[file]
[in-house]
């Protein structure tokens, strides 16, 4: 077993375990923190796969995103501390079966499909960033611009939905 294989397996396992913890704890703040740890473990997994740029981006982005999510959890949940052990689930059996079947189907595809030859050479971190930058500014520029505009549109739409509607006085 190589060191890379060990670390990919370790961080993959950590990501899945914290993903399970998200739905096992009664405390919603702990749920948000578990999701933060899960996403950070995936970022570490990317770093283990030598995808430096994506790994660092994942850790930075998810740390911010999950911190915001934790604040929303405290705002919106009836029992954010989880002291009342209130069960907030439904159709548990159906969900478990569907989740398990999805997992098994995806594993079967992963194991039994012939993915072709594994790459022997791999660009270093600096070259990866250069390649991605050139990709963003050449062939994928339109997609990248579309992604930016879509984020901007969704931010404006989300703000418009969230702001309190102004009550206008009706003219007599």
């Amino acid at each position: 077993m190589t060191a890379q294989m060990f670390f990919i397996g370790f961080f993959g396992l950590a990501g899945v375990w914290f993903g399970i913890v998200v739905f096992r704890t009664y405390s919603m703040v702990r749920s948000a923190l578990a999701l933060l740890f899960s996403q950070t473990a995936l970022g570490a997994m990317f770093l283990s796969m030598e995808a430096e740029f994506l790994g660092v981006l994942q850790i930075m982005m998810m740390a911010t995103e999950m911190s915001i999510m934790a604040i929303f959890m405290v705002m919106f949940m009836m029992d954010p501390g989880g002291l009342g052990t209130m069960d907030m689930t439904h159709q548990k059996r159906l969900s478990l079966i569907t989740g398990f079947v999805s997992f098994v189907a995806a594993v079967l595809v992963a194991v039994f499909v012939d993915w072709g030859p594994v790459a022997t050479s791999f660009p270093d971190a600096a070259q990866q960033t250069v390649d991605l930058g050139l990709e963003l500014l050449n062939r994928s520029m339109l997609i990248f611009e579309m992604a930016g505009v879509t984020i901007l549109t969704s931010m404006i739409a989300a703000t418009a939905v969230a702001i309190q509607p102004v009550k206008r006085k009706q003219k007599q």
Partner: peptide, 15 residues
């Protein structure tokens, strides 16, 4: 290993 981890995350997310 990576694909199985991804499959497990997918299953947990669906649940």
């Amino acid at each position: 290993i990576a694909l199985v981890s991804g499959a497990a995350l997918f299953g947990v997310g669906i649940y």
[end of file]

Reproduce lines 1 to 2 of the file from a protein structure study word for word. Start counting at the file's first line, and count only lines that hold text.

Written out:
[in-house]
């Protein structure tokens, strides 16, 4: 077993375990923190796969995103501390079966499909960033611009939905 294989397996396992913890704890703040740890473990997994740029981006982005999510959890949940052990689930059996079947189907595809030859050479971190930058500014520029505009549109739409509607006085 190589060191890379060990670390990919370790961080993959950590990501899945914290993903399970998200739905096992009664405390919603702990749920948000578990999701933060899960996403950070995936970022570490990317770093283990030598995808430096994506790994660092994942850790930075998810740390911010999950911190915001934790604040929303405290705002919106009836029992954010989880002291009342209130069960907030439904159709548990159906969900478990569907989740398990999805997992098994995806594993079967992963194991039994012939993915072709594994790459022997791999660009270093600096070259990866250069390649991605050139990709963003050449062939994928339109997609990248579309992604930016879509984020901007969704931010404006989300703000418009969230702001309190102004009550206008009706003219007599």